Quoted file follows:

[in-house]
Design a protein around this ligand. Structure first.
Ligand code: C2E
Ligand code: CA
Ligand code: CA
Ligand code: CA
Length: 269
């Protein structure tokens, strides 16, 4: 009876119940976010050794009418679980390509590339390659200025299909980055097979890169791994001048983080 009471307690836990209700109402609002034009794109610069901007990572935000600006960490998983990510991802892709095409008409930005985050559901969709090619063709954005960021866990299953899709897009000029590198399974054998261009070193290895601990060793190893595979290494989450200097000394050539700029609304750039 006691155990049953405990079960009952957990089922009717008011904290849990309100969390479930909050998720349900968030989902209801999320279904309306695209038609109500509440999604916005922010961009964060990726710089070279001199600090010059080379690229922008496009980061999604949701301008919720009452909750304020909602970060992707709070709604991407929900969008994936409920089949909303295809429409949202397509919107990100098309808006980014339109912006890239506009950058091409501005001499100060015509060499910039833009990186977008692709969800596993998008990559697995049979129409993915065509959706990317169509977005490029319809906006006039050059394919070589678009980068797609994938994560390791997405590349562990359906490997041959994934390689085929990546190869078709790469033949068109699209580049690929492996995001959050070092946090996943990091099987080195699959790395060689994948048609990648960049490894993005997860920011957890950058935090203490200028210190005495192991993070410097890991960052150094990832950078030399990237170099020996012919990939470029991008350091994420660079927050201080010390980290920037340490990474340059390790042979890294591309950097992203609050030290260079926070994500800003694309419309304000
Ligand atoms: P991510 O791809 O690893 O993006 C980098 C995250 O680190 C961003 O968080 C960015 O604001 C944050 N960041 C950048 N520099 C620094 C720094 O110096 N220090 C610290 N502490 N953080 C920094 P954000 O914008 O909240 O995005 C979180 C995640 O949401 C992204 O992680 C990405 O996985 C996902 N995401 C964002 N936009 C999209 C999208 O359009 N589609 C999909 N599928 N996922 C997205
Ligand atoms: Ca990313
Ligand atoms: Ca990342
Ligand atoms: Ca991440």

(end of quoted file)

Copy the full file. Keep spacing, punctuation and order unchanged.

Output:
[in-house]
Design a protein around this ligand. Structure first.
Ligand code: C2E
Ligand code: CA
Ligand code: CA
Ligand code: CA
Length: 269
């Protein structure tokens, strides 16, 4: 009876119940976010050794009418679980390509590339390659200025299909980055097979890169791994001048983080 009471307690836990209700109402609002034009794109610069901007990572935000600006960490998983990510991802892709095409008409930005985050559901969709090619063709954005960021866990299953899709897009000029590198399974054998261009070193290895601990060793190893595979290494989450200097000394050539700029609304750039 006691155990049953405990079960009952957990089922009717008011904290849990309100969390479930909050998720349900968030989902209801999320279904309306695209038609109500509440999604916005922010961009964060990726710089070279001199600090010059080379690229922008496009980061999604949701301008919720009452909750304020909602970060992707709070709604991407929900969008994936409920089949909303295809429409949202397509919107990100098309808006980014339109912006890239506009950058091409501005001499100060015509060499910039833009990186977008692709969800596993998008990559697995049979129409993915065509959706990317169509977005490029319809906006006039050059394919070589678009980068797609994938994560390791997405590349562990359906490997041959994934390689085929990546190869078709790469033949068109699209580049690929492996995001959050070092946090996943990091099987080195699959790395060689994948048609990648960049490894993005997860920011957890950058935090203490200028210190005495192991993070410097890991960052150094990832950078030399990237170099020996012919990939470029991008350091994420660079927050201080010390980290920037340490990474340059390790042979890294591309950097992203609050030290260079926070994500800003694309419309304000
Ligand atoms: P991510 O791809 O690893 O993006 C980098 C995250 O680190 C961003 O968080 C960015 O604001 C944050 N960041 C950048 N520099 C620094 C720094 O110096 N220090 C610290 N502490 N953080 C920094 P954000 O914008 O909240 O995005 C979180 C995640 O949401 C992204 O992680 C990405 O996985 C996902 N995401 C964002 N936009 C999209 C999208 O359009 N589609 C999909 N599928 N996922 C997205
Ligand atoms: Ca990313
Ligand atoms: Ca990342
Ligand atoms: Ca991440």